In cooperation with MLBPA, Topps began using a special rookie card logo in 2006.
One of the purposes of the logo was to wait until a player was actually in the majors to bestow upon him a rookie card. Any cards produced before then would be restricted, ideally, to prospect sets or insert sets. (Because everyone knows the first time a player appears in an MLB base set, that’s a rookie card.) For the most part, the Bowman sets recognize prospects and the Topps sets recognize major league rookies. And that recognition of rookieness is proclaimed by the logo. When done correctly, it’s a good system. Are Topps and the MLBPA (henceforth referred to collectively as just “Topps”) doing it correctly?
First, a definition of “correctly” is needed. According to the rules and trends established by Topps at the beginning of the logo era, and also (I believe) according to the wishes of the average baseball card collector, a player should have rookie cards during his rookie season. And the most sensible definition of a player’s rookie season is the season during which he loses his rookie status. That would be the ideal time for a player to get baseball cards with the RC logo on them, but what are the other options? Ranked in order of preference:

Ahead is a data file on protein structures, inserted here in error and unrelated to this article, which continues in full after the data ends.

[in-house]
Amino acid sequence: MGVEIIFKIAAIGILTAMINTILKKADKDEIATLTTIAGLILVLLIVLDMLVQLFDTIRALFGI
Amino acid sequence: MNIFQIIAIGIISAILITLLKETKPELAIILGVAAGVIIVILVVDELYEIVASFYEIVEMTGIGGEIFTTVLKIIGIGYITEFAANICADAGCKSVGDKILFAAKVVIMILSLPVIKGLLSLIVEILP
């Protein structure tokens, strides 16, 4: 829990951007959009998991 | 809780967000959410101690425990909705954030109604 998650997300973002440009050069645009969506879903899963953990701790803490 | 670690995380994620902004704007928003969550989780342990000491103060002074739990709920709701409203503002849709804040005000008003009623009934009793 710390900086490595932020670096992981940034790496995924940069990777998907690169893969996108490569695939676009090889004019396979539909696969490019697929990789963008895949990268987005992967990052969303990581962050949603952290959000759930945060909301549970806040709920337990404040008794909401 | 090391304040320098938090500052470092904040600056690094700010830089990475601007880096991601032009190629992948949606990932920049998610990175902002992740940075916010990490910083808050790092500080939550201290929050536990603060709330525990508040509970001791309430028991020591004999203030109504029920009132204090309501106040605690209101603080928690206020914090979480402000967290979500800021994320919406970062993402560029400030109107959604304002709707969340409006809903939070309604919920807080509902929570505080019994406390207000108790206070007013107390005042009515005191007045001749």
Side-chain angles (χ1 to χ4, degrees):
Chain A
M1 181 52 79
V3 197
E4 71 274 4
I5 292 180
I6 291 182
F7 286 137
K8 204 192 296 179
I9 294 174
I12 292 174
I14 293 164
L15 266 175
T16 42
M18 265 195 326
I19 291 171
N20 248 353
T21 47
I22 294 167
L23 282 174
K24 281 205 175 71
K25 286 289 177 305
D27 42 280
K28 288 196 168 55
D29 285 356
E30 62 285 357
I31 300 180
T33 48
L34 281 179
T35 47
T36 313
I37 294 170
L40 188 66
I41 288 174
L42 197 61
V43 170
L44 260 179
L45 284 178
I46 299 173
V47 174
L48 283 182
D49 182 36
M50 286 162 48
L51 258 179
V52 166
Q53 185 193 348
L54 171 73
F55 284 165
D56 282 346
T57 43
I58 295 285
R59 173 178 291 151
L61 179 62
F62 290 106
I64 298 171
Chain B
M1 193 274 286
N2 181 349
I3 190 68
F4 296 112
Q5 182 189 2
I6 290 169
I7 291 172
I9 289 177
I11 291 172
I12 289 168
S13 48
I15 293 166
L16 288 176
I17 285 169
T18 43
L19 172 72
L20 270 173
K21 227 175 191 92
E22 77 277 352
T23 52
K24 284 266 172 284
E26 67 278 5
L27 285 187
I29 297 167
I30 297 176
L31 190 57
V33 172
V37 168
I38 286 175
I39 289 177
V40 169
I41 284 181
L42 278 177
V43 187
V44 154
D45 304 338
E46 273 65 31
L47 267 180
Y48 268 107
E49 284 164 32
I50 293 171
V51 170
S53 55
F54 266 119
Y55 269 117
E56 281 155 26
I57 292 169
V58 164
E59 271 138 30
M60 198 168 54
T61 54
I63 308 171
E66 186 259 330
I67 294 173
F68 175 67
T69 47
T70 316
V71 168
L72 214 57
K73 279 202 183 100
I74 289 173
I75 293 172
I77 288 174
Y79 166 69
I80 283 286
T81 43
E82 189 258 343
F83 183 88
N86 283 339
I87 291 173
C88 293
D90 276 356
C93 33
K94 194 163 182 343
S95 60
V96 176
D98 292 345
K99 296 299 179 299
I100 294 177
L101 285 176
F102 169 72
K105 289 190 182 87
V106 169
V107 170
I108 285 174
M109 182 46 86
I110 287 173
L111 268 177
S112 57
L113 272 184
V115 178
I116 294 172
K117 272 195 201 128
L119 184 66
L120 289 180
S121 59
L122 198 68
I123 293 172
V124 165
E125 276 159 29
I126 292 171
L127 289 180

- RC logo during rookie season
- RC logo before rookie season
- RC logo after rookie season
- No cards produced with RC logo
Why is it better to see the RC logo before a player’s rookie season than after? For a couple reasons. First, it’s common for a player to get major league playing time during a season that precedes his rookie season, the September call-up being the most common form of that. From 2010-2019, 57% of the players that exceeded the rookie limit had their MLB debut before their rookie season (and of course, 0% made their debut after their rookie season). Second, during that same time span, 18% of those players got rookie cards before their rookie season and only 9% got them after. Topps’ own production model, at least historically, seems to suggest that before is better than after.
With those criteria in place, let’s see how Topps has done. The methodology was fairly simple. I compared the list of players who had rookie seasons (thanks Baseball-Reference.com) to the list of players who had pack-pulled (on-demand cards not included) Topps rookie cards (thanks Beckett.com). The chart shows all rookies from 2010 to 2021 and the year they got a card with the RC logo. The columns show the year the player got the RC logo. The rows show the year of his rookie season. (For example, two rookies [highlighted below] from the 2010 season got their rookie cards in 2011.)